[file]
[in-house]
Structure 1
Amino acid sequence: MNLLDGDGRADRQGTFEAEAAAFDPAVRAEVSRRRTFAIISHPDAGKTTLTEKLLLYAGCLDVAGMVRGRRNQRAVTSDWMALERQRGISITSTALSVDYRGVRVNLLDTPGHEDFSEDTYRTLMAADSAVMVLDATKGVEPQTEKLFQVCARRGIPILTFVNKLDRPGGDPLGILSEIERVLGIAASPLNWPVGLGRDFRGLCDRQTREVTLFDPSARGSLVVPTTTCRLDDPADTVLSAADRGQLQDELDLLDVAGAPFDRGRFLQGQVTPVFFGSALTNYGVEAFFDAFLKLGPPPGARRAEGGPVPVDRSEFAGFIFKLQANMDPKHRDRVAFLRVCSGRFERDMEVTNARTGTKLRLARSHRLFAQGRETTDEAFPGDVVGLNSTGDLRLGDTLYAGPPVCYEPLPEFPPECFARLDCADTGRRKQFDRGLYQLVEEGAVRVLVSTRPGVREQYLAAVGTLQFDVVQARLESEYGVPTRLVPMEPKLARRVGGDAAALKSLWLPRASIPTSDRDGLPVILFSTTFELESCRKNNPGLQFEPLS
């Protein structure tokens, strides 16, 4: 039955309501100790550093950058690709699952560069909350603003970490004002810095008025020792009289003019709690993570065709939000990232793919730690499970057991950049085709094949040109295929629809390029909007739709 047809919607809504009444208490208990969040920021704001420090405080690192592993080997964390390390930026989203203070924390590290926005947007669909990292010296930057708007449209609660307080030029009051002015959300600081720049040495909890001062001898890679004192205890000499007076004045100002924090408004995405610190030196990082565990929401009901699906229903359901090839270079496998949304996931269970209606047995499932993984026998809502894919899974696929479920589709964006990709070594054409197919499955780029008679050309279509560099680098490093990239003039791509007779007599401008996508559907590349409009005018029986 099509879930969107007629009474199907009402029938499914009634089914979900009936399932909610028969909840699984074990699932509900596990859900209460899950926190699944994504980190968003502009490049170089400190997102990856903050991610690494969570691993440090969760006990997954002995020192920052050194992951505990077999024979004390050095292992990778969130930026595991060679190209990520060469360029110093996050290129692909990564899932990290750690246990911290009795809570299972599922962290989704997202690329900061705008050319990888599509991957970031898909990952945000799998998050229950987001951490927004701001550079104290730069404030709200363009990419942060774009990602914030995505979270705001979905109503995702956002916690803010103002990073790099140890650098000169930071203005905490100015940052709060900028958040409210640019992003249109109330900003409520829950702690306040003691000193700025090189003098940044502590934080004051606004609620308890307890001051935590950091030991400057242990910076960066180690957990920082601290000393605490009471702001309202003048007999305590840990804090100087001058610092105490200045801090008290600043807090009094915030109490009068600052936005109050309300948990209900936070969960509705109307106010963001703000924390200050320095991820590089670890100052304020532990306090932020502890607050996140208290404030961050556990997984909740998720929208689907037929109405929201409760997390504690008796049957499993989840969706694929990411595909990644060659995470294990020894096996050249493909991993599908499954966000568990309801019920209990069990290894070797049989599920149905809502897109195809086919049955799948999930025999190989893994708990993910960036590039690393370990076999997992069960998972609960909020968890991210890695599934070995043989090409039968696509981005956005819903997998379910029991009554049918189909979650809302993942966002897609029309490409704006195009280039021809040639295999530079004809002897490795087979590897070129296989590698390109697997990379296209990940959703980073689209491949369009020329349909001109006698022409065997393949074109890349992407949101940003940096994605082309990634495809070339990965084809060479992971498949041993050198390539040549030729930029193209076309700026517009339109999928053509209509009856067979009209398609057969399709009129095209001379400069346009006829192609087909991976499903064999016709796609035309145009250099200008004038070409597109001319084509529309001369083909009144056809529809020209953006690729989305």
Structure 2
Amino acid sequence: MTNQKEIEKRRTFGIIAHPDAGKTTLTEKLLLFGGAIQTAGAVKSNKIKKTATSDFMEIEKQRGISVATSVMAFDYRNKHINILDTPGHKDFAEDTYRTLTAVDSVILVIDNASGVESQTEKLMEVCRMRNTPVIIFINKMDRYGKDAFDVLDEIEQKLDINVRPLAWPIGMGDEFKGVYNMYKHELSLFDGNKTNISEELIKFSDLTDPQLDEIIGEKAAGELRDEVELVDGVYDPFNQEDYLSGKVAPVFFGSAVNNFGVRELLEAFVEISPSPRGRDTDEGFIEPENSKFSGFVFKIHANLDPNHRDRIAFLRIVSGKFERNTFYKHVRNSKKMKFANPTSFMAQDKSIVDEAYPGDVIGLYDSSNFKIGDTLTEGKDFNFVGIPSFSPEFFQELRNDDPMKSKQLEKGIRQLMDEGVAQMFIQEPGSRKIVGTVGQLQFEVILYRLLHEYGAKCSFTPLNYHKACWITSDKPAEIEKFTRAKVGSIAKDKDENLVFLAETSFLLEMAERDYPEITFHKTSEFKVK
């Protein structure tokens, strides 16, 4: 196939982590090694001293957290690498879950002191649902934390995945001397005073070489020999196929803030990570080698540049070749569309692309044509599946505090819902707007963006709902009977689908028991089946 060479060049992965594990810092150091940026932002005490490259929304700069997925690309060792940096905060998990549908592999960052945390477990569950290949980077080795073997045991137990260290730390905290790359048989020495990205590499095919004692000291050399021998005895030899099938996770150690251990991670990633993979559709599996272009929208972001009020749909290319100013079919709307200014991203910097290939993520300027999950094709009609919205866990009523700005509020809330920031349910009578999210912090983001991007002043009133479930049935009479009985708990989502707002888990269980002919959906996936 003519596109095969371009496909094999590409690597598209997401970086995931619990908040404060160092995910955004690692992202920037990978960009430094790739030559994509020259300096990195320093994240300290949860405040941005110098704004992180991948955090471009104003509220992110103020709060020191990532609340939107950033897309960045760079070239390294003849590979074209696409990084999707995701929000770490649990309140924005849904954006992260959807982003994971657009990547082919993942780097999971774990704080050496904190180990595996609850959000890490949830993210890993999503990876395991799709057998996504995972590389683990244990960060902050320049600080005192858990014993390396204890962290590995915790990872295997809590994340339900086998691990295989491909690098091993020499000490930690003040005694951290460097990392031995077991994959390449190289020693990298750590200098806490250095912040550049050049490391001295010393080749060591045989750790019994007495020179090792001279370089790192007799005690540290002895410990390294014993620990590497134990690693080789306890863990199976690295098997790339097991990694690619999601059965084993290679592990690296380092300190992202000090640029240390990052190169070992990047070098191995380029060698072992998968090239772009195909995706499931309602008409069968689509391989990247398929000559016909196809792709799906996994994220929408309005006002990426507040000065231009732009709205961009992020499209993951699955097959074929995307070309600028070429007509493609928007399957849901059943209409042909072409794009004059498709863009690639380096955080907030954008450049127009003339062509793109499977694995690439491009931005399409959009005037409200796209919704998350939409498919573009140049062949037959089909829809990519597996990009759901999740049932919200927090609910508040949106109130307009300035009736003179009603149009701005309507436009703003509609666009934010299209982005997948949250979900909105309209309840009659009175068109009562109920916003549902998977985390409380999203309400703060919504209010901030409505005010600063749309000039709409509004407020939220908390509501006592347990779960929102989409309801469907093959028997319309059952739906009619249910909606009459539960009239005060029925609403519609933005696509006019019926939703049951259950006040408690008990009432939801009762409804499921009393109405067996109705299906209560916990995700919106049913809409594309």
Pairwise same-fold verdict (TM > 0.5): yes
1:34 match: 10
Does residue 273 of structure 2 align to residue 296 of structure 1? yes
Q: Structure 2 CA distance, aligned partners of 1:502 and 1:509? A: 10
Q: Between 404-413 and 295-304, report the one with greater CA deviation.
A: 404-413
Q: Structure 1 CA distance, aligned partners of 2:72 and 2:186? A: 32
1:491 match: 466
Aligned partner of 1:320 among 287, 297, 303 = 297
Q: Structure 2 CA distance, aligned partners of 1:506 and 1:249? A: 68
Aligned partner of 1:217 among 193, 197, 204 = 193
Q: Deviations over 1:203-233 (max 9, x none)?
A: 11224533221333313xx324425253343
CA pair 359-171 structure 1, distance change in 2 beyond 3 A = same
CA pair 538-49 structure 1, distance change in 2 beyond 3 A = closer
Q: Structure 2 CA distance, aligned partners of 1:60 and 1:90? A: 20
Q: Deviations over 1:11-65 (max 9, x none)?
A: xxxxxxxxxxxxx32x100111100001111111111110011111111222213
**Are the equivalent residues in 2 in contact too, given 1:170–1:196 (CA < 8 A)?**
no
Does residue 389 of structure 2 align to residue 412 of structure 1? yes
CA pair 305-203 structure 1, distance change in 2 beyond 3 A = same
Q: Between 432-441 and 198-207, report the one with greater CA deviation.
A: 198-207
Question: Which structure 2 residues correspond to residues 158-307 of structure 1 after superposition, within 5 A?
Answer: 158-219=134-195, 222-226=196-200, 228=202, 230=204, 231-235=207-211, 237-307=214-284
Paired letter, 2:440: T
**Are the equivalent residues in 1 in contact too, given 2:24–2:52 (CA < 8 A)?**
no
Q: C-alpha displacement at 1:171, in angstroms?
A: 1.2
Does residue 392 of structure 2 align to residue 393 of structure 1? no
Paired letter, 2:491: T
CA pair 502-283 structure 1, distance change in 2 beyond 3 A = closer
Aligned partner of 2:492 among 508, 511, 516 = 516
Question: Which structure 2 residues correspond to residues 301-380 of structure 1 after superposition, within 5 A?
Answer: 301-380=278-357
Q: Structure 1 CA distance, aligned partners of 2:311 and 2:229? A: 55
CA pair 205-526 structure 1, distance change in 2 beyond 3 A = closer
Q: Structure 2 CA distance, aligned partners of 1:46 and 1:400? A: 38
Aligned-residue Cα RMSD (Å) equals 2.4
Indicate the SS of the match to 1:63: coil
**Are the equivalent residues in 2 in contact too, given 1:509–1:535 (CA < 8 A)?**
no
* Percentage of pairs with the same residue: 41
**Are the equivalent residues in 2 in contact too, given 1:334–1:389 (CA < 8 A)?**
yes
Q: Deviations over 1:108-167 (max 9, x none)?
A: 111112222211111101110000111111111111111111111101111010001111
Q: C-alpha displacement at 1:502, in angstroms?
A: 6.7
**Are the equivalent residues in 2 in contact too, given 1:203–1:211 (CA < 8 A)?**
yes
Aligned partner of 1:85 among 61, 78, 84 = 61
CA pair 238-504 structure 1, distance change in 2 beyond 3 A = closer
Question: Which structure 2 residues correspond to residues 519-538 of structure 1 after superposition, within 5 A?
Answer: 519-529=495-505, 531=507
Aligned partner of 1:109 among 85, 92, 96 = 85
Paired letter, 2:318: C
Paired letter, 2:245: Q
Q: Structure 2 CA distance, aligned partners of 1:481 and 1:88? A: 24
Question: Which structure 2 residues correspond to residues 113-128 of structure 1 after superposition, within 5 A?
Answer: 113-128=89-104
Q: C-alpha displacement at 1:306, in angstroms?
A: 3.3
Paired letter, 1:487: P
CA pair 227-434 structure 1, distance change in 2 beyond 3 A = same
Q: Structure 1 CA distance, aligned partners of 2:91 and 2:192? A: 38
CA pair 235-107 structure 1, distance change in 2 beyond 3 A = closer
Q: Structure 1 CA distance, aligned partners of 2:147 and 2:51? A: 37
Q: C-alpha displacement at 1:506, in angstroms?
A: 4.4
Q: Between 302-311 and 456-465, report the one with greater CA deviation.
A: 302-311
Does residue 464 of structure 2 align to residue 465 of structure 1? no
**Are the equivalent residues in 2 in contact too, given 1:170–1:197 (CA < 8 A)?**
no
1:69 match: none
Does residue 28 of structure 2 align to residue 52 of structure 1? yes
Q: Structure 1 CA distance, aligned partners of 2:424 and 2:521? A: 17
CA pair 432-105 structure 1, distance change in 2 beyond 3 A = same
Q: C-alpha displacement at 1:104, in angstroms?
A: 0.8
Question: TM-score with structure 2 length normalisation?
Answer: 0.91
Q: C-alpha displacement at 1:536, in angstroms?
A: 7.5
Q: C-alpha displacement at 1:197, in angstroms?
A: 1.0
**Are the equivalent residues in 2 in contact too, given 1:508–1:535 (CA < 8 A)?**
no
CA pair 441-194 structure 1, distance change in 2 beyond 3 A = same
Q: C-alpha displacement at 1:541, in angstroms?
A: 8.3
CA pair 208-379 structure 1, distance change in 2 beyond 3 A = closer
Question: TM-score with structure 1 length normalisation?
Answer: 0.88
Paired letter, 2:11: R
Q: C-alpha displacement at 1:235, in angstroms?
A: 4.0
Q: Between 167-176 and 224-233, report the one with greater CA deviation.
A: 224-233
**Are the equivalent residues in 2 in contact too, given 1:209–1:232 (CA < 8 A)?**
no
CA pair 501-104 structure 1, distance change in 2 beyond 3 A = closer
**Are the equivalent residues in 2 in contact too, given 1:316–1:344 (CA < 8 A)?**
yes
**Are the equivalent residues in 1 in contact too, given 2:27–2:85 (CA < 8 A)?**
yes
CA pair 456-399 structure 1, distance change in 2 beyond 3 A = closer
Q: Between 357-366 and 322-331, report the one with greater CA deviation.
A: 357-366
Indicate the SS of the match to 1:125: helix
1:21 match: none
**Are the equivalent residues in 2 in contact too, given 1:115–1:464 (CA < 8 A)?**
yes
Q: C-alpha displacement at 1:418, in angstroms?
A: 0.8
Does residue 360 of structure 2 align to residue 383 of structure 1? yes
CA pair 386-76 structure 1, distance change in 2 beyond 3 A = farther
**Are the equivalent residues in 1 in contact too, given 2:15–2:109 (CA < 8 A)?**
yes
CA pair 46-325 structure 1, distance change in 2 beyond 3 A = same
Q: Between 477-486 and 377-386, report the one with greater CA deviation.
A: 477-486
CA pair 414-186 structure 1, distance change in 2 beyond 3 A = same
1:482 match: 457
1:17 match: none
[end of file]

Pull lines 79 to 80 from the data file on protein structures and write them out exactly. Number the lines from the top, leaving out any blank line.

A: 4.4
Q: Between 302-311 and 456-465, report the one with greater CA deviation.